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Executive forecast: Wood struggles continue but execs see light

By Matthew Spieler

 

While 2011 seemed to mirror 2010 for the wood industry, manufacturing executives say it was expected and, considering the losses that mounted up since the recession started, not so bad. Though the overall economy doesn’t appear much brighter in 2012, many feel there will be some upward movement due to pent-up demand as well as other indicators that favor their products.

 

Jason Strong, vice president of sales and marketing for IndusParquet

This year has been a building and investment year for IndusParquet and it has gone extremely well. Distributors and dealers have been very responsive to the launch and are excited to work with the only exotic hardwood flooring manufacturer to offer domestic service. By the end of December we should have 3,000 dealers selling IndusParquet products.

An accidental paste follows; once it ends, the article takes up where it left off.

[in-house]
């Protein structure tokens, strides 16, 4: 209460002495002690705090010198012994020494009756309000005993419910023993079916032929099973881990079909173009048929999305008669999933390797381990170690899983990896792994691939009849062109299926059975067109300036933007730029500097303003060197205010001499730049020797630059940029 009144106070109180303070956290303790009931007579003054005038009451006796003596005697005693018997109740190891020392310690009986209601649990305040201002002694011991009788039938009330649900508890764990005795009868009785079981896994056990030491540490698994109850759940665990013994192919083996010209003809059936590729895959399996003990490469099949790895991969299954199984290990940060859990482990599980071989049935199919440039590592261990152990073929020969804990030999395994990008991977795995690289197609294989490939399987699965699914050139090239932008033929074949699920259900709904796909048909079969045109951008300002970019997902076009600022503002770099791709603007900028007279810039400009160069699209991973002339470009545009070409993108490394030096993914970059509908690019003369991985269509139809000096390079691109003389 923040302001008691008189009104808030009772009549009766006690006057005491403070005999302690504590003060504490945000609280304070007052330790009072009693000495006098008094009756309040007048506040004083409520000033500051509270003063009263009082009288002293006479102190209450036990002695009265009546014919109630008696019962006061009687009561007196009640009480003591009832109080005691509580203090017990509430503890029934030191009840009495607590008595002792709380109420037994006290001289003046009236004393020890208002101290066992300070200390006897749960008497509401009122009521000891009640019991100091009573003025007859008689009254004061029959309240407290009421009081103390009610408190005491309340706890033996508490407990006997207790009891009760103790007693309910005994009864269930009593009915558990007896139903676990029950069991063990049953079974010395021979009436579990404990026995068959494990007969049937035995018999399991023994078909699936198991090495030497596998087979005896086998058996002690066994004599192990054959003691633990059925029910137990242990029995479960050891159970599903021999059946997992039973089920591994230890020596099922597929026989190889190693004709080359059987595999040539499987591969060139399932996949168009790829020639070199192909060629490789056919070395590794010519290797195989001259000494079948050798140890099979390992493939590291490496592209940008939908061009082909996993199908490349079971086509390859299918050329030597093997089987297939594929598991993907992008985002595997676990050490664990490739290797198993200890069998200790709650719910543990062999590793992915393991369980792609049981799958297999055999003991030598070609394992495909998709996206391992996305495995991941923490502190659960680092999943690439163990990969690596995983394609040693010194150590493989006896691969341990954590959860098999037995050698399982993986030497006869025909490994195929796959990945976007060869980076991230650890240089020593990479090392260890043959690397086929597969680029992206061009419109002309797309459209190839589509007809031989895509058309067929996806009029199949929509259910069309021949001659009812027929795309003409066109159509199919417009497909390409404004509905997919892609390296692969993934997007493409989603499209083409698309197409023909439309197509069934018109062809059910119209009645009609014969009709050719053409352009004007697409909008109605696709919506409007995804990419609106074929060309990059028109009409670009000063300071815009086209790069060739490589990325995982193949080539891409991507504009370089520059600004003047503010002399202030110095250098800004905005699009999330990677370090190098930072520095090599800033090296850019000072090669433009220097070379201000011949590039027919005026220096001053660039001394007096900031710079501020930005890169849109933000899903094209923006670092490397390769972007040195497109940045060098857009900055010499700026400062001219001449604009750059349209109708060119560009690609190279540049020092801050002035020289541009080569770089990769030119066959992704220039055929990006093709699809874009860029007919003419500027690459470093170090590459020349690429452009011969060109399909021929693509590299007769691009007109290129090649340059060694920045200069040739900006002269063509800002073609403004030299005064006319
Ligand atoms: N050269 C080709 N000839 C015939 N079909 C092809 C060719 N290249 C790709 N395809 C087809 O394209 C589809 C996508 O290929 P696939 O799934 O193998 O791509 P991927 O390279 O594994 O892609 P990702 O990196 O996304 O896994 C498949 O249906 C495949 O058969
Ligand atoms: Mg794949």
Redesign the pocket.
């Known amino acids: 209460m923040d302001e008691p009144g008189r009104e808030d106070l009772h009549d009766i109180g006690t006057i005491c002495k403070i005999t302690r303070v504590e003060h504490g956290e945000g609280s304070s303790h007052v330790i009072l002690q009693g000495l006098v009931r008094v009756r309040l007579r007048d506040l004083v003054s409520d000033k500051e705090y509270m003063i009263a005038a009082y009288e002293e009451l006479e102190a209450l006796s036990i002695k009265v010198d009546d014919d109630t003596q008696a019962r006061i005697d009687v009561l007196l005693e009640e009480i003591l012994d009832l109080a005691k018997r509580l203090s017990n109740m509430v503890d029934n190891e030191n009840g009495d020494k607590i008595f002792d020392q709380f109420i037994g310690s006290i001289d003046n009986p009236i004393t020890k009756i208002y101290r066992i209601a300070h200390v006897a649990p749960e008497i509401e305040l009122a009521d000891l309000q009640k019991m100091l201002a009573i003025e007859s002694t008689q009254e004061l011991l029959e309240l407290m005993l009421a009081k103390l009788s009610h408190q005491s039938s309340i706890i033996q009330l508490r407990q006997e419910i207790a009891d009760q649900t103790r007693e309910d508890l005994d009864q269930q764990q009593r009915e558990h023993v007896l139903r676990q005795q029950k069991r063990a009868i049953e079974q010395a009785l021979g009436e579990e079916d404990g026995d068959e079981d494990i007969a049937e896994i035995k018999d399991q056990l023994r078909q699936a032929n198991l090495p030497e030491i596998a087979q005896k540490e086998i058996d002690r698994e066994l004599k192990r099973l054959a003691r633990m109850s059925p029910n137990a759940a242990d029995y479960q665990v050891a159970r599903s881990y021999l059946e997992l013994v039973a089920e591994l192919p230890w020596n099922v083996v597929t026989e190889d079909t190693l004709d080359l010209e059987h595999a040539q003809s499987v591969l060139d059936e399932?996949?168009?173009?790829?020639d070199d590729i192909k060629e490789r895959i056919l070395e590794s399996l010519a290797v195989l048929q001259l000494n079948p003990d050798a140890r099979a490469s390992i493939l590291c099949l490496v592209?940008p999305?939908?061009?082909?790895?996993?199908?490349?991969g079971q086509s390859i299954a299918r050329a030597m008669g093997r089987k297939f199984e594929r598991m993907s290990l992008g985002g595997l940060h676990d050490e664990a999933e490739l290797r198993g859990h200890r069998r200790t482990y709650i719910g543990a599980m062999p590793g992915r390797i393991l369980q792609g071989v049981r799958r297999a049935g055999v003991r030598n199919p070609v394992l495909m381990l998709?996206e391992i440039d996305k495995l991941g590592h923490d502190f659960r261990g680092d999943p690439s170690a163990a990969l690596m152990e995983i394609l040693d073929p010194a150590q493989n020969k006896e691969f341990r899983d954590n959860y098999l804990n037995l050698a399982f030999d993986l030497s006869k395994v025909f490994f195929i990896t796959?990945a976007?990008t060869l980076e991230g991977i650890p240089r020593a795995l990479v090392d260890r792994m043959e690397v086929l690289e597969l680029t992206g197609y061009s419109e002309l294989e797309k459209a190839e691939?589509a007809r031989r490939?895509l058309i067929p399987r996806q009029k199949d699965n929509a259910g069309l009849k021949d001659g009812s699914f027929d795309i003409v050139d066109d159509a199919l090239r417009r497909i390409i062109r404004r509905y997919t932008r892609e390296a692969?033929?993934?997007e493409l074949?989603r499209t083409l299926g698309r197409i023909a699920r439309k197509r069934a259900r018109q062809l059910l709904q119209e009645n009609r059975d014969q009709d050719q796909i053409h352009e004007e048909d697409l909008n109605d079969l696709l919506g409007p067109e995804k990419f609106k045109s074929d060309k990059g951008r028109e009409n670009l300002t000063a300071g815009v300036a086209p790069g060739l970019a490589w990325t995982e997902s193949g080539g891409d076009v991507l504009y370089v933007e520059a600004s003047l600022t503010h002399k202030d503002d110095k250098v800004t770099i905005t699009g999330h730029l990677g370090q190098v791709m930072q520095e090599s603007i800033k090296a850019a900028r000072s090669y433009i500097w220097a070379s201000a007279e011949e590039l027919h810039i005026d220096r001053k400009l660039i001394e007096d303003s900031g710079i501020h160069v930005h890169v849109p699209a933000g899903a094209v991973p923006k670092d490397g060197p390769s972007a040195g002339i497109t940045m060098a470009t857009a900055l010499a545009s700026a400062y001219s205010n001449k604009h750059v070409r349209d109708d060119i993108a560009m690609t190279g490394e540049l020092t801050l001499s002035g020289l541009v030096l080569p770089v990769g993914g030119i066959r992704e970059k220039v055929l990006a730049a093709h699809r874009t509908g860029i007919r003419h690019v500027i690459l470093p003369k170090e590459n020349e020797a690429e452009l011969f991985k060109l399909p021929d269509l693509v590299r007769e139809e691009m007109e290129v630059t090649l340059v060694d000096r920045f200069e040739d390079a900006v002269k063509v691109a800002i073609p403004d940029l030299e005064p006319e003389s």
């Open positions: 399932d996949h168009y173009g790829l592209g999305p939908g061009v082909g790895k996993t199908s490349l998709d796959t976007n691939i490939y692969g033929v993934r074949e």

Although we foresee the economy as a whole flat in 2012 and even 2013, we are expecting growth, as customers tell us IndusParquet has filled a void with our domestic service, high level of quality and vast variety of more than 100 unique exotic hardwood species.

We expect to see increased sales of our one-of-a-kind products within the Coterié collection. We believe as more dealers, architects and designers are aware of our mosaics, sculptured wall treatments and metallic flooring profiles the popularity of that line will continue to grow.

To tell our story, we are partnering with an award-winning public relations firm to help introduce the IndusParquet brand to flooring dealers in unique and creative ways.

The biggest challenge we’ve had this year is the influx of manufacturers from Asia with low quality products coming in to the U.S. market. They are able to get prices down extremely low which makes it hard to compete. But, with the economy as it is, consumers are looking for long-lasting quality products that are unique and that’s what IndusParquet offers. We’ll continue to educate our dealers on the unbeatable quality and selection IndusParquet offers.

IndusParquet flooring is manufactured with a proprietary process designed to keep products as beautiful as they are when installed. And, our more than 70,000 square foot U.S. warehouse of inventory enables us to act fast and meet dealer needs in a timely manner.